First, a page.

Jacob Snider, an American from New York, developed this breech loading system for the Pattern 1853 Enfield, the most prolific imported percussion rifle in use by both the North and South during the US Civil War. In 1864 the British Board of Ordnance adopted the Snider system, with the first being issued in 1865. Improved in 1867 by the use of Colonel Boxer's center fire brass bodied cartridge, the rifle was used very effectively in the Abyssinian Campaign of 1868. The system utilized a hinged breech block with an internal firing pin assembly that permitted the use of a self contained cartridge of lead bullet in cardboard, and after 1867, brass casing. This highly efficient conversion system prolonged the active life of the P-1853 .577 rifles up until 1871 when the Martini System was adopted. This version was also known as the Two Band Snider.
All show extensive use but each appears, by and large, to be complete. They may, or may not function, once the thick layer of congealed dirt, grime, grease and rust are removed, and may suffer from cracks and breaks which is to be expected after more than a century of neglect. Again only offered in AS IS condition; complete with caked on debris from battle and storage. There are NO Guarantees other than that each gun is completely genuine and very old. These relics should be likened to an archaeological dig, so no unreasonable demands or gripes please. Now offered at a bargain price for the enthusiast to enjoy as is or to spend the time and TLC to carefully restore; each weapon is REAL, ANTIQUE and is offered AS FOUND. Picture is a typical example; each weapon will vary of course. There is a $10.00 additional shipping & handling charge with item, cannot be shipped USPS.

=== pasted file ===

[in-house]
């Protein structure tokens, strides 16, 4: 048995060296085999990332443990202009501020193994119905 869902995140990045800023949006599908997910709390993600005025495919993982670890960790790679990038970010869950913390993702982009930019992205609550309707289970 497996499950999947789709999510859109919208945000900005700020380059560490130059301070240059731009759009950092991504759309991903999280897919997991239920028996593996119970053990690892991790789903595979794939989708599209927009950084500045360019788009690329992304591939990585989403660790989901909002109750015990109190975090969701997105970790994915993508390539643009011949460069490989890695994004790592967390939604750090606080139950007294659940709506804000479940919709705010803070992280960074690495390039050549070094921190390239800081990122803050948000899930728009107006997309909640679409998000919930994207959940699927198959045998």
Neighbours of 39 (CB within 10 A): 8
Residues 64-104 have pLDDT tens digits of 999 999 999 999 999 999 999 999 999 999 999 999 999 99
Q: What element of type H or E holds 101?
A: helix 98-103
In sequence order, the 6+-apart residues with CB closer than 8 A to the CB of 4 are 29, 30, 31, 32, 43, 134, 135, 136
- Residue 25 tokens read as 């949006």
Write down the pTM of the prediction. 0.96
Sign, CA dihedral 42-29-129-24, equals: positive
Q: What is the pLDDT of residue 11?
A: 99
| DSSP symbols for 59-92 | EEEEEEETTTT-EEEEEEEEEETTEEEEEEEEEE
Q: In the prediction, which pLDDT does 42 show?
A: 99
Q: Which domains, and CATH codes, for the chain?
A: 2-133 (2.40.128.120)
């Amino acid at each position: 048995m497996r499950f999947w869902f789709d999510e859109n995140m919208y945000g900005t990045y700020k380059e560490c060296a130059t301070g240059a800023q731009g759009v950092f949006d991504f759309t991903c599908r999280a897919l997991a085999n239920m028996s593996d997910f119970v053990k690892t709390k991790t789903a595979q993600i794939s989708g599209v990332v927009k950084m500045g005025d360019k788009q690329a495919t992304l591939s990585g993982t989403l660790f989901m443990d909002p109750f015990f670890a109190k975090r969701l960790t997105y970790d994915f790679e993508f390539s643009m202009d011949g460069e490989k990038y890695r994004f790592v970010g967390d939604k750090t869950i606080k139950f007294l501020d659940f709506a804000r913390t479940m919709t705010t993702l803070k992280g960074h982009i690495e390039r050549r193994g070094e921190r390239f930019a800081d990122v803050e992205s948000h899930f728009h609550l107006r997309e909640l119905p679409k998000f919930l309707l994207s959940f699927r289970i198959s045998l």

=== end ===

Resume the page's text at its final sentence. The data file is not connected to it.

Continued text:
Each gun will feature:
The action, lever, trigger, stock (which may show signs of wear like cracks, old repairs, wood rot, etc), barrel, 3 steel barrel bands, cleaning rod and butt plate.
Some guns may have additional pieces (sorry no choice) like minor parts & screws.
Condition: usually show rust & pitting and be covered in dirt as originally stored. Otherwise they may not operate because of seizing or could be otherwise incomplete. Plus there may be additional cracks, missing chunks, old repairs.
Note: These guns were manufactured before 1898 and are therefore legally considered antiques. It is totally legal to own these without a U.S. Federal Firearms License (FFL) and they can be shipped to most countries around the world.